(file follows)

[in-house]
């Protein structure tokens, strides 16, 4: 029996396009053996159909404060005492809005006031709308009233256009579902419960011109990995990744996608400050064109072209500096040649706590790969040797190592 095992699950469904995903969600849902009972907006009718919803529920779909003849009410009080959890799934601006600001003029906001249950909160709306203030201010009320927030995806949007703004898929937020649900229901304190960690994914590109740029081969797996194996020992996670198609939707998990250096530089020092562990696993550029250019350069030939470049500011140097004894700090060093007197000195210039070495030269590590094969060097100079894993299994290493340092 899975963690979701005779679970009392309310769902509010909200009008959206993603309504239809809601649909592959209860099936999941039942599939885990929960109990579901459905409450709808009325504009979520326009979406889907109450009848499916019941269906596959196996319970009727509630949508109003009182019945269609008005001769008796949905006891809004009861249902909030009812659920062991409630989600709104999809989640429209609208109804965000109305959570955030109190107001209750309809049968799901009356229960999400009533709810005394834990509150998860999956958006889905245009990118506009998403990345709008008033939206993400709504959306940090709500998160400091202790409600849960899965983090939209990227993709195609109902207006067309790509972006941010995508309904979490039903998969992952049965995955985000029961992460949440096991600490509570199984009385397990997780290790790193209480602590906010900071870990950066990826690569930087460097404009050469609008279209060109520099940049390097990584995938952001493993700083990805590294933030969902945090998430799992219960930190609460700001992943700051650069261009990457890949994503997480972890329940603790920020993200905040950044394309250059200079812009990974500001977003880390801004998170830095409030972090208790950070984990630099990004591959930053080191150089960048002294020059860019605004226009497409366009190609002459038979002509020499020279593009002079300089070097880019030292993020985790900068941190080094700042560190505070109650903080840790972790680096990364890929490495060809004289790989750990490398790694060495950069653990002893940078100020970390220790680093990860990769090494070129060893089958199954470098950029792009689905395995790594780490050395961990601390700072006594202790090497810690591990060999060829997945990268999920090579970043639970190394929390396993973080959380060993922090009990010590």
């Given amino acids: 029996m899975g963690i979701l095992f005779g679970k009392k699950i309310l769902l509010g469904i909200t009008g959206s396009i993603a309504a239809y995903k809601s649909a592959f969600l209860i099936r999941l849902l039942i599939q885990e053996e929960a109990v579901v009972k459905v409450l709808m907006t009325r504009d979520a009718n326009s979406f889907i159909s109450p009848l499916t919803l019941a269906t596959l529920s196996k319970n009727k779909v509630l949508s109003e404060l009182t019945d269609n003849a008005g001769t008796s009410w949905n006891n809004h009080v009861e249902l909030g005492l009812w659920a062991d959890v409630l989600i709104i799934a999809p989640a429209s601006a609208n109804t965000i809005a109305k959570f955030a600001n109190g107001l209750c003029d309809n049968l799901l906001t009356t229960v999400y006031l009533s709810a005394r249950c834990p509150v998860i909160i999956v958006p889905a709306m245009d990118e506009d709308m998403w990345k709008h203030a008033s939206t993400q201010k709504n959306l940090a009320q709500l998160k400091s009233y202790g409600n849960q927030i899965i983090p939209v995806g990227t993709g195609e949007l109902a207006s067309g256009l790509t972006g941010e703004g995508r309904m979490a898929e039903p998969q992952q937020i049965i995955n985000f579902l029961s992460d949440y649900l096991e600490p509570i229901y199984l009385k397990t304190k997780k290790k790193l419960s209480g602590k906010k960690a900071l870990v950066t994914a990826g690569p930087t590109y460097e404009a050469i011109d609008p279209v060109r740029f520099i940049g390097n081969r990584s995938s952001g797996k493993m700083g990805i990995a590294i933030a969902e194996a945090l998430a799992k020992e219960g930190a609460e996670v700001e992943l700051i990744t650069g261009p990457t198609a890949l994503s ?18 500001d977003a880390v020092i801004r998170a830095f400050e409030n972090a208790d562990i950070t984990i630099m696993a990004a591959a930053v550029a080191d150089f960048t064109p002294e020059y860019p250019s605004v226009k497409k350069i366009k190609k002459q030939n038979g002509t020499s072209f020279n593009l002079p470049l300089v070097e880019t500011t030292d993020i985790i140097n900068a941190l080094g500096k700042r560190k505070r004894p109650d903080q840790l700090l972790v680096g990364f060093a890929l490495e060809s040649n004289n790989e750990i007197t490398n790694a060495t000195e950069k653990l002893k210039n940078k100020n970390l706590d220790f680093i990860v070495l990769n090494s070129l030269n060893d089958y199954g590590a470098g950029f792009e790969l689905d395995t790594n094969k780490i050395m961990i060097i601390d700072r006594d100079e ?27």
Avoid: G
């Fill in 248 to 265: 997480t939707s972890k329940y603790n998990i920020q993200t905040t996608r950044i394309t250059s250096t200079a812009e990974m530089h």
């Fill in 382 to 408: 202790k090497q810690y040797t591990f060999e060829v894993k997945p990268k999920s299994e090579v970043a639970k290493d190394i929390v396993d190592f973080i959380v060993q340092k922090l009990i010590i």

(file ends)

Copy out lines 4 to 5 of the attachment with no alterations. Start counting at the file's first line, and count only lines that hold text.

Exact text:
Avoid: G
């Fill in 248 to 265: 997480t939707s972890k329940y603790n998990i920020q993200t905040t996608r950044i394309t250059s250096t200079a812009e990974m530089h």